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3rd Circuit's chief judge takes senior status, giving Biden chance to tilt court

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(Reuters) - U.S. Circuit Judge D. Brooks Smith is stepping down from active service on the 3rd U.S. Circuit Court of Appeals, creating a new judicial vacancy for President Joe Biden that will allow him to potentially tilt the makeup of the Philadelphia-based court.

Smith, an appointee of former Republican President George W. Bush, is taking senior status but not retiring from the bench altogether after officially stepping down on Saturday as the 3rd Circuit's chief judge.

The court on Nov. 17 had announced that U.S. Circuit Judge Michael Chagares would take the reins as chief judge from Smith, who had served in the position since 2016, prompting speculation that Smith might move into senior status.

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His decision to do so was confirmed by Margaret Wiegand, the 3rd Circuit's circuit executive, and was first reported on Saturday by the Altoona Mirror, a newspaper in Blair County, Pennsylvania, where Smith was earlier a state court judge.

Smith did not respond to a request for comment on Monday.

Senior status is a form of semi-retirement for judges over the age of 65 who have completed at least 15 years on the federal bench. Presidents may name new full-time judges to fill those judges' seats.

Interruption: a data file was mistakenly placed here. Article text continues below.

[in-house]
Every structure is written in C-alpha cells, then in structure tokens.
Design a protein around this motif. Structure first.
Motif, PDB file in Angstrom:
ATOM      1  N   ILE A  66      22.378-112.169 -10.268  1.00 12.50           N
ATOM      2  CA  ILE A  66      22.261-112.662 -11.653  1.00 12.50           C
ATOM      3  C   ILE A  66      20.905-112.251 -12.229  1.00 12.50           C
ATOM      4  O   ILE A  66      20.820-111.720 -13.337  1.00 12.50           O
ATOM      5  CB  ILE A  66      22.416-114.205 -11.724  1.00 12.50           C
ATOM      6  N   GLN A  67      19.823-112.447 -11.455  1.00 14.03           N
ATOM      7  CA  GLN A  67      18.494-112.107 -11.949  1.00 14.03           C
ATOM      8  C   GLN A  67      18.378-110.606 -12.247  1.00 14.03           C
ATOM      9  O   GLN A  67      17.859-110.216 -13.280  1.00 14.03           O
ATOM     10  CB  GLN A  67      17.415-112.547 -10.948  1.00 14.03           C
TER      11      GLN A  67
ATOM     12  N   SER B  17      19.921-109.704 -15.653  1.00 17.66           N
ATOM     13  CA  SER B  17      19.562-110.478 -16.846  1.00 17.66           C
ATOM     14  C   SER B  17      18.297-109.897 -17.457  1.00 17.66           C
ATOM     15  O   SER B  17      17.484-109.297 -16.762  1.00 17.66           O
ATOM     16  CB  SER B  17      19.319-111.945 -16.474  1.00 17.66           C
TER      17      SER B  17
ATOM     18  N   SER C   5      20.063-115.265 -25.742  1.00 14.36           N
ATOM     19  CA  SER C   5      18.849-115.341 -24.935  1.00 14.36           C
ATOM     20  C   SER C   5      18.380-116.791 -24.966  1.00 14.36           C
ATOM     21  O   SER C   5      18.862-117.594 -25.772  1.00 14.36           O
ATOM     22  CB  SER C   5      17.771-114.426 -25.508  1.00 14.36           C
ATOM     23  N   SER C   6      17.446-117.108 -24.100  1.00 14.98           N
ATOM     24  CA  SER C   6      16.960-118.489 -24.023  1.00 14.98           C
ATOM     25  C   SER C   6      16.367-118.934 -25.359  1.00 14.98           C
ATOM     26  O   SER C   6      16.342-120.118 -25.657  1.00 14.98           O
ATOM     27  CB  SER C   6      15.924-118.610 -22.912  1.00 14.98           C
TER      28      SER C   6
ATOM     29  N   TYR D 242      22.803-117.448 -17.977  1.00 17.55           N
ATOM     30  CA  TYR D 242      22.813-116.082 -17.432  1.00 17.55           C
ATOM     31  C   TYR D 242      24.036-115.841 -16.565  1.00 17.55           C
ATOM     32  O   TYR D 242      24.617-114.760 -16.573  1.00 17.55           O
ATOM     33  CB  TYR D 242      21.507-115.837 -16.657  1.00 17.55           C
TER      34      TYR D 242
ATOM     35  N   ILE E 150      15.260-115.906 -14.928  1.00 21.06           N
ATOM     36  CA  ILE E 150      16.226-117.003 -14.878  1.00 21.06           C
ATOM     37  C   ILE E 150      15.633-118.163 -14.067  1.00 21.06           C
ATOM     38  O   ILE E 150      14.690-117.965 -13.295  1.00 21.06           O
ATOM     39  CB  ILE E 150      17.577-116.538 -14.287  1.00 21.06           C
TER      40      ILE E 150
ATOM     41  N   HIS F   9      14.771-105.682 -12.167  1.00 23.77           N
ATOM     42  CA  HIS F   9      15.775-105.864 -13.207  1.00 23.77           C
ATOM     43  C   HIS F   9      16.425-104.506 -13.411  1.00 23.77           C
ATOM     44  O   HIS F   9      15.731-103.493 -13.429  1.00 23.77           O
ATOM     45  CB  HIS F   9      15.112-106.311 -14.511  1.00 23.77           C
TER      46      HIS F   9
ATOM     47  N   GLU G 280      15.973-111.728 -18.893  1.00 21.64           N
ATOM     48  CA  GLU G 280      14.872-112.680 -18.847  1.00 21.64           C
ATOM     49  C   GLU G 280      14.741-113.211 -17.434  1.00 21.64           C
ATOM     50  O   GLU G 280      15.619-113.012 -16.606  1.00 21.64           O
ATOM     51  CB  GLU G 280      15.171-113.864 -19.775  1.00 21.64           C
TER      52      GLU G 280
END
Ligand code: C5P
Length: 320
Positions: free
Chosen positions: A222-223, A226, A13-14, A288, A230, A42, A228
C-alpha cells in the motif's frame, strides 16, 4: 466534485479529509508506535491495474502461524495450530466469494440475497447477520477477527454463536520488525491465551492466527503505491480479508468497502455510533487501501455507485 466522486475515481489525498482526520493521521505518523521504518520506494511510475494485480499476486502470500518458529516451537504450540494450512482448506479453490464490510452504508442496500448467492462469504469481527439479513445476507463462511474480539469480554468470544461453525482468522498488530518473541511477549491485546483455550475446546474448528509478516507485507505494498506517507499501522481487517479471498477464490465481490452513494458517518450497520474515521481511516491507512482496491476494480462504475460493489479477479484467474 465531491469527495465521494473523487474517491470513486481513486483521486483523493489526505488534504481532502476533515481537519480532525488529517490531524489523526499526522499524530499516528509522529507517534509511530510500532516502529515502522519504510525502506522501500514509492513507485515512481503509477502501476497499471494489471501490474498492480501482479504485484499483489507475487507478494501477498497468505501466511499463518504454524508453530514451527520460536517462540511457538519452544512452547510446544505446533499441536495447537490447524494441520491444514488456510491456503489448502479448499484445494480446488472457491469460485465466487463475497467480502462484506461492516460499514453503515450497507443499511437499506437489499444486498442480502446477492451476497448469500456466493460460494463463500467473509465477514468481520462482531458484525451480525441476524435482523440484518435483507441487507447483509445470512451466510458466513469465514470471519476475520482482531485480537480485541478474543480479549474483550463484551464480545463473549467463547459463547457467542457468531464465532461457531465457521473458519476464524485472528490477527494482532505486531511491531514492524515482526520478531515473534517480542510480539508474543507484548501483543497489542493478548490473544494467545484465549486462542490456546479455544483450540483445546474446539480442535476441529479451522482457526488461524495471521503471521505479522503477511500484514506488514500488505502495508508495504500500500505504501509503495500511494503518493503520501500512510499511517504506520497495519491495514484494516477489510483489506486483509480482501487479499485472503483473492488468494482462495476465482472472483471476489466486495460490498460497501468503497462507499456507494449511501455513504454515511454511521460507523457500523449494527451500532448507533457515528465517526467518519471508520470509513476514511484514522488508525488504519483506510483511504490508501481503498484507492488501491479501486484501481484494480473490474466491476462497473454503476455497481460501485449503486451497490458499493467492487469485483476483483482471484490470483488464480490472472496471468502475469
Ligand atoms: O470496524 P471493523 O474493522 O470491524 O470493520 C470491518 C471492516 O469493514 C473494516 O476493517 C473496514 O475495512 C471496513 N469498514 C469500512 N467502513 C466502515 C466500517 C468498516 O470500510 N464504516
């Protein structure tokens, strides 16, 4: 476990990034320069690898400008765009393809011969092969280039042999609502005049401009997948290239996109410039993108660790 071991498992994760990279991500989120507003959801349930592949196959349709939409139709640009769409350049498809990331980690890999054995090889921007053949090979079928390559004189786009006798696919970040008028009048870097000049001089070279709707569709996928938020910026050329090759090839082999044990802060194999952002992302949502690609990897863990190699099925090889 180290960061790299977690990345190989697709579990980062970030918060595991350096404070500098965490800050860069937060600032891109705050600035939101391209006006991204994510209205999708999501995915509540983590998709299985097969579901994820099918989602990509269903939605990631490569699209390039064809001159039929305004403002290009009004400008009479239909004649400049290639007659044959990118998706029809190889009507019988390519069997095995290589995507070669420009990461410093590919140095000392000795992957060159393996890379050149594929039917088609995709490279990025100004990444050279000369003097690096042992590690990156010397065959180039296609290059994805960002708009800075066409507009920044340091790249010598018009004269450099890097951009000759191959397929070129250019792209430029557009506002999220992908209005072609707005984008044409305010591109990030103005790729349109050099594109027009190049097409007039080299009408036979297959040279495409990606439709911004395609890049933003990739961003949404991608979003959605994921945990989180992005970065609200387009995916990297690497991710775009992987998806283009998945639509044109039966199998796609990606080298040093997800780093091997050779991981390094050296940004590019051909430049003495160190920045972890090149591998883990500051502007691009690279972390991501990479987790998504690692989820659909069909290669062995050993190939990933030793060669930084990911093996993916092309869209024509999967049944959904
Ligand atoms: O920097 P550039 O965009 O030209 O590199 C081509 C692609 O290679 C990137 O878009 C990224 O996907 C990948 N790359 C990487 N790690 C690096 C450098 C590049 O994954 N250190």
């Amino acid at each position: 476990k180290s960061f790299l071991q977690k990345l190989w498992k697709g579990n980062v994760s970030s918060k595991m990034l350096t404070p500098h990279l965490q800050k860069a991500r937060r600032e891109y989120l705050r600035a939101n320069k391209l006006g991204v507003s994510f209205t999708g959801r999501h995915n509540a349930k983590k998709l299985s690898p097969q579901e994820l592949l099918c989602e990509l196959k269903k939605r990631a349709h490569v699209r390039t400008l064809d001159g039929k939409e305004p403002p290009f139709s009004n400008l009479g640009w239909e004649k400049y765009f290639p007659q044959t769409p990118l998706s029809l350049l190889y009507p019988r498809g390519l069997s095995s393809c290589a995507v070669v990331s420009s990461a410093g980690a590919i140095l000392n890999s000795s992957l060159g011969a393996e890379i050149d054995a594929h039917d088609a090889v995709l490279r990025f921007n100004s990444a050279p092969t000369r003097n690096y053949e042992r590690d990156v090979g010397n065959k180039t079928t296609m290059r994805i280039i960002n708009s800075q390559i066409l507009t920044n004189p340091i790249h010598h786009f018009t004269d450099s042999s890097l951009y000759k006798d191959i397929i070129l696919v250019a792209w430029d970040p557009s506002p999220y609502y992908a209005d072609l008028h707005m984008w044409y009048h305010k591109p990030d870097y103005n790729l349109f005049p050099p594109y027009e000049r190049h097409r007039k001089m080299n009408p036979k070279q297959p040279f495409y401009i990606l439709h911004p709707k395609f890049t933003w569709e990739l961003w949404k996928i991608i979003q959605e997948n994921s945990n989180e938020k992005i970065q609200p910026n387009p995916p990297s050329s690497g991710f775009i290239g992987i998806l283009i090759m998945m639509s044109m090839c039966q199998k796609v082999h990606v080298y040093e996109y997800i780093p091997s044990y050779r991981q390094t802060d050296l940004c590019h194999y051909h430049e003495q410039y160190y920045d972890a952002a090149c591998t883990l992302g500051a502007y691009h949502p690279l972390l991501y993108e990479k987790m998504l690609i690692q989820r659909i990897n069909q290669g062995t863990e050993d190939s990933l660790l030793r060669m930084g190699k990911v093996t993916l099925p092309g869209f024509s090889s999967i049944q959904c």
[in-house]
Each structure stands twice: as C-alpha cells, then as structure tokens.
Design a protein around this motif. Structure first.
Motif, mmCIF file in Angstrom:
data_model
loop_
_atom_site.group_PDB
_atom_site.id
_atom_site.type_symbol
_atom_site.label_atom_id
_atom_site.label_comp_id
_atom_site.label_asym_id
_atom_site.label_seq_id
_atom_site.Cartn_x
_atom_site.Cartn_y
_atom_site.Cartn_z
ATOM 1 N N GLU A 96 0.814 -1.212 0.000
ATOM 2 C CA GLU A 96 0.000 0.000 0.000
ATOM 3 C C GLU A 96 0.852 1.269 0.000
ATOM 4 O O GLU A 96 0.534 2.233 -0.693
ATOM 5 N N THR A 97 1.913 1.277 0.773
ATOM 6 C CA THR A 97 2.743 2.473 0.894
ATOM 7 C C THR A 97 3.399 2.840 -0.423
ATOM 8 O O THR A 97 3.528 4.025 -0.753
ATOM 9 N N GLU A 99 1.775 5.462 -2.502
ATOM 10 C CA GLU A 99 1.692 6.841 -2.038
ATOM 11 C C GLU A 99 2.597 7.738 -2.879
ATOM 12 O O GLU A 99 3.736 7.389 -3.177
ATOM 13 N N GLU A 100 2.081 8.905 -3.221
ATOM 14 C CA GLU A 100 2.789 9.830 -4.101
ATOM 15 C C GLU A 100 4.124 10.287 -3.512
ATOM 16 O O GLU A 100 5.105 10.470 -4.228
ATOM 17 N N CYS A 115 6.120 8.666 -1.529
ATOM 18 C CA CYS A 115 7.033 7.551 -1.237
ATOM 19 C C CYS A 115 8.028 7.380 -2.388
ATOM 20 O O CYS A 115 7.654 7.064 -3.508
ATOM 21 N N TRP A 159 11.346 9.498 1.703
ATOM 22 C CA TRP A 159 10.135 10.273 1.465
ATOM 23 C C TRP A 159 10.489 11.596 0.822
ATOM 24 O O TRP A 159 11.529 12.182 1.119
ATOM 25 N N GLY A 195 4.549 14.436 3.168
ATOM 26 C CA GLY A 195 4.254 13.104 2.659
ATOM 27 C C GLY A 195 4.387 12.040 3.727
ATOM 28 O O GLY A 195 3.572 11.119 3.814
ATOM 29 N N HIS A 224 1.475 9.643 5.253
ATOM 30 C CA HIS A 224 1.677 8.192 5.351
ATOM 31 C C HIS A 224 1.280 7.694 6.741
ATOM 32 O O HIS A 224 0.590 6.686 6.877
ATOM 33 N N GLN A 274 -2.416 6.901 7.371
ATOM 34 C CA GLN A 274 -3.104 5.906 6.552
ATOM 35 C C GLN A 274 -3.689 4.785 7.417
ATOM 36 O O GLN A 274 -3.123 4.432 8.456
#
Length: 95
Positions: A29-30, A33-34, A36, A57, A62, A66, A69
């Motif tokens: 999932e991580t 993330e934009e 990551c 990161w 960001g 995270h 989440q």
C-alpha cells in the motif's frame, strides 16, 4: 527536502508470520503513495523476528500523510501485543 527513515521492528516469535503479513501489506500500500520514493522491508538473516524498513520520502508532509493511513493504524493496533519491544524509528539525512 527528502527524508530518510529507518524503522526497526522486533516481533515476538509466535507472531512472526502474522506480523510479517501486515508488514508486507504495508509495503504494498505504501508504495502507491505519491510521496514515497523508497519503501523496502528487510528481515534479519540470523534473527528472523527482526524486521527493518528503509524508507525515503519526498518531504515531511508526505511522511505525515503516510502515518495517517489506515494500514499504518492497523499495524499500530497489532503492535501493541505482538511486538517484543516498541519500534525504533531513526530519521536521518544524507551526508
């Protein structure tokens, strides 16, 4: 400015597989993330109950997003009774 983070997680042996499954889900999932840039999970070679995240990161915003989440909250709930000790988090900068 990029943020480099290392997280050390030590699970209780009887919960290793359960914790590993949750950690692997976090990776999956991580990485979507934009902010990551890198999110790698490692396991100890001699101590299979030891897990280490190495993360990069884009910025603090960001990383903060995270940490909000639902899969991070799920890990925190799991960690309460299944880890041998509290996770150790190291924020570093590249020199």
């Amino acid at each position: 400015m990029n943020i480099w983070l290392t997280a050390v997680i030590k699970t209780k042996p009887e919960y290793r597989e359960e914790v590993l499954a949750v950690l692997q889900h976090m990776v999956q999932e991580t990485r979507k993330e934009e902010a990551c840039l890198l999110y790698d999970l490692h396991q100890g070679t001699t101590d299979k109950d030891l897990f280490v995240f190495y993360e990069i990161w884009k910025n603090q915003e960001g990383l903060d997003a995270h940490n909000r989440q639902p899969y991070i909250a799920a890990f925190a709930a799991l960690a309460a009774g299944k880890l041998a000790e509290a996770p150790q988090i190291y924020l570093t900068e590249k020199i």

He was first appointed to a Pennsylvania state court judgeship by former Republican Governor Dick Thornburgh in 1984 and was nominated by former Republican President Ronald Reagan to serve as a district judge in the Western District of Pennsylvania in 1988.

U.S. Circuit Judge D. Brooks Smith. Courtesy: 3rd U.S. Circuit Court of Appeals.

Smith was one of eight Republican-appointees among the 3rd Circuit's 14 active judges. The vacancy would be Biden's first on the court, and should he fill it, the 3rd Circuit would be evenly split between Democratic and Republican appointees.

Biden's judicial nominees to date have largely been in states where both senators are Democrats, easing the White House's ability to quickly secure nominee recommendations and avoid resistance to their confirmation.

Pennsylvania, by contrast, has one Republican senator, Senator Patrick Toomey, though it is unclear how that might impact any replacement.

Senate Judiciary Committee Chair Dick Durbin, a Democrat from Illinois, has continued a practice Republicans adopted during the Trump administration of not following the traditional "blue slip" process that gave home state senators a say over nominees for circuit court picks.

Former Republican President Donald Trump named four of the active judges on the court, which hears appeals from New Jersey, Pennsylvania, Delaware and the Virgin Islands.

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Nate Raymond reports on the federal judiciary and litigation. He can be reached at nate.raymond@thomsonreuters.com.

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